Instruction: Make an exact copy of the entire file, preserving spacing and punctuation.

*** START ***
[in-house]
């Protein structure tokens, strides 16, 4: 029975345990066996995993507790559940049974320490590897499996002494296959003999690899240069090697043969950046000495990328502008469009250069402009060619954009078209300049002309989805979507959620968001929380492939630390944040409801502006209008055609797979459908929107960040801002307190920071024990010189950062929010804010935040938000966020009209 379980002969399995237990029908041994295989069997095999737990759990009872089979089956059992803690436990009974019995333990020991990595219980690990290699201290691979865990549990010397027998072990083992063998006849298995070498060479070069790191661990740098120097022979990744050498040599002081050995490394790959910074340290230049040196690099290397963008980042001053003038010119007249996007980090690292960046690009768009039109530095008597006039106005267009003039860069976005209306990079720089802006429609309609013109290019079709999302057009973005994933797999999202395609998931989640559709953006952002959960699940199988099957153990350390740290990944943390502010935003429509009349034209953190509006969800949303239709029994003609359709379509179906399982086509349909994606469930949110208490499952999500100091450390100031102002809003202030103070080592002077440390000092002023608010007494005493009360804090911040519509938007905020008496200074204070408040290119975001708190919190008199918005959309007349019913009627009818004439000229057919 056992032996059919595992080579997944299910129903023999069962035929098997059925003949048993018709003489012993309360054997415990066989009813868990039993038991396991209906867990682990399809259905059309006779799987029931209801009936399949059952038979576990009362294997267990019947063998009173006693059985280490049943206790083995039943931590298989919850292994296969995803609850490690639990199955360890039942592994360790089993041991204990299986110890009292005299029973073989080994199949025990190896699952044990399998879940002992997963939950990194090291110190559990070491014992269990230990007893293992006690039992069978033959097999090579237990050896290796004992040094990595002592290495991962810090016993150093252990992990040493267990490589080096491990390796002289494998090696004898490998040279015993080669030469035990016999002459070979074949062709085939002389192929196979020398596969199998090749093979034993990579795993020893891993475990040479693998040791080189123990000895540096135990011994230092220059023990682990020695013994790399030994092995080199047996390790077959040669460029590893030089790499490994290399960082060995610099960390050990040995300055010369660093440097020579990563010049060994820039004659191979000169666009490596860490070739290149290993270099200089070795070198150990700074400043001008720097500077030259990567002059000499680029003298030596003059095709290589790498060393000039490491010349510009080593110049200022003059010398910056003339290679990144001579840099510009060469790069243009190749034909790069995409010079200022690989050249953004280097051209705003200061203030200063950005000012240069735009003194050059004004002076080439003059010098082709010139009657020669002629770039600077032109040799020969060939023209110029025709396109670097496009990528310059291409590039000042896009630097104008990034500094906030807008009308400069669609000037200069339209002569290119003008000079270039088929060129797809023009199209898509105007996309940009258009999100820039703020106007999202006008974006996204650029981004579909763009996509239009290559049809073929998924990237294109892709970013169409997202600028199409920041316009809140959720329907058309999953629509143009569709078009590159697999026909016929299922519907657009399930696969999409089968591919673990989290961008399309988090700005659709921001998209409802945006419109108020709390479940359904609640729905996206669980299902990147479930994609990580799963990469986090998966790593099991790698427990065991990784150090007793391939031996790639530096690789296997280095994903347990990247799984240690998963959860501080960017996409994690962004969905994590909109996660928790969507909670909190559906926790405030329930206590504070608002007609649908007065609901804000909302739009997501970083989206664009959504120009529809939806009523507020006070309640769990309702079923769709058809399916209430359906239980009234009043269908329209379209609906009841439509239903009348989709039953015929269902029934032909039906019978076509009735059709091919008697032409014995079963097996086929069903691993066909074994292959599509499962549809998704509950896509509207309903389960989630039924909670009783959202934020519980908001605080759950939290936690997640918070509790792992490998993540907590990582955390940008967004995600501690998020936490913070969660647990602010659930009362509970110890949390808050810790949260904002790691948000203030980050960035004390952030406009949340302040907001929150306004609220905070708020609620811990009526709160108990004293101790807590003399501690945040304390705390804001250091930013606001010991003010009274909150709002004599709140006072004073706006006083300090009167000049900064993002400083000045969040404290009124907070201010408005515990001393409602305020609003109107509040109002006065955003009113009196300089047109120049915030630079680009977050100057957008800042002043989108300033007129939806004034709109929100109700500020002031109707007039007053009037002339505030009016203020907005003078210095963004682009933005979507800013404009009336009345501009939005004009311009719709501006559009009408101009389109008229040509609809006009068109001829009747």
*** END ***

[in-house]
């Protein structure tokens, strides 16, 4: 029975345990066996995993507790559940049974320490590897499996002494296959003999690899240069090697043969950046000495990328502008469009250069402009060619954009078209300049002309989805979507959620968001929380492939630390944040409801502006209008055609797979459908929107960040801002307190920071024990010189950062929010804010935040938000966020009209 379980002969399995237990029908041994295989069997095999737990759990009872089979089956059992803690436990009974019995333990020991990595219980690990290699201290691979865990549990010397027998072990083992063998006849298995070498060479070069790191661990740098120097022979990744050498040599002081050995490394790959910074340290230049040196690099290397963008980042001053003038010119007249996007980090690292960046690009768009039109530095008597006039106005267009003039860069976005209306990079720089802006429609309609013109290019079709999302057009973005994933797999999202395609998931989640559709953006952002959960699940199988099957153990350390740290990944943390502010935003429509009349034209953190509006969800949303239709029994003609359709379509179906399982086509349909994606469930949110208490499952999500100091450390100031102002809003202030103070080592002077440390000092002023608010007494005493009360804090911040519509938007905020008496200074204070408040290119975001708190919190008199918005959309007349019913009627009818004439000229057919 056992032996059919595992080579997944299910129903023999069962035929098997059925003949048993018709003489012993309360054997415990066989009813868990039993038991396991209906867990682990399809259905059309006779799987029931209801009936399949059952038979576990009362294997267990019947063998009173006693059985280490049943206790083995039943931590298989919850292994296969995803609850490690639990199955360890039942592994360790089993041991204990299986110890009292005299029973073989080994199949025990190896699952044990399998879940002992997963939950990194090291110190559990070491014992269990230990007893293992006690039992069978033959097999090579237990050896290796004992040094990595002592290495991962810090016993150093252990992990040493267990490589080096491990390796002289494998090696004898490998040279015993080669030469035990016999002459070979074949062709085939002389192929196979020398596969199998090749093979034993990579795993020893891993475990040479693998040791080189123990000895540096135990011994230092220059023990682990020695013994790399030994092995080199047996390790077959040669460029590893030089790499490994290399960082060995610099960390050990040995300055010369660093440097020579990563010049060994820039004659191979000169666009490596860490070739290149290993270099200089070795070198150990700074400043001008720097500077030259990567002059000499680029003298030596003059095709290589790498060393000039490491010349510009080593110049200022003059010398910056003339290679990144001579840099510009060469790069243009190749034909790069995409010079200022690989050249953004280097051209705003200061203030200063950005000012240069735009003194050059004004002076080439003059010098082709010139009657020669002629770039600077032109040799020969060939023209110029025709396109670097496009990528310059291409590039000042896009630097104008990034500094906030807008009308400069669609000037200069339209002569290119003008000079270039088929060129797809023009199209898509105007996309940009258009999100820039703020106007999202006008974006996204650029981004579909763009996509239009290559049809073929998924990237294109892709970013169409997202600028199409920041316009809140959720329907058309999953629509143009569709078009590159697999026909016929299922519907657009399930696969999409089968591919673990989290961008399309988090700005659709921001998209409802945006419109108020709390479940359904609640729905996206669980299902990147479930994609990580799963990469986090998966790593099991790698427990065991990784150090007793391939031996790639530096690789296997280095994903347990990247799984240690998963959860501080960017996409994690962004969905994590909109996660928790969507909670909190559906926790405030329930206590504070608002007609649908007065609901804000909302739009997501970083989206664009959504120009529809939806009523507020006070309640769990309702079923769709058809399916209430359906239980009234009043269908329209379209609906009841439509239903009348989709039953015929269902029934032909039906019978076509009735059709091919008697032409014995079963097996086929069903691993066909074994292959599509499962549809998704509950896509509207309903389960989630039924909670009783959202934020519980908001605080759950939290936690997640918070509790792992490998993540907590990582955390940008967004995600501690998020936490913070969660647990602010659930009362509970110890949390808050810790949260904002790691948000203030980050960035004390952030406009949340302040907001929150306004609220905070708020609620811990009526709160108990004293101790807590003399501690945040304390705390804001250091930013606001010991003010009274909150709002004599709140006072004073706006006083300090009167000049900064993002400083000045969040404290009124907070201010408005515990001393409602305020609003109107509040109002006065955003009113009196300089047109120049915030630079680009977050100057957008800042002043989108300033007129939806004034709109929100109700500020002031109707007039007053009037002339505030009016203020907005003078210095963004682009933005979507800013404009009336009345501009939005004009311009719709501006559009009408101009389109008229040509609809006009068109001829009747």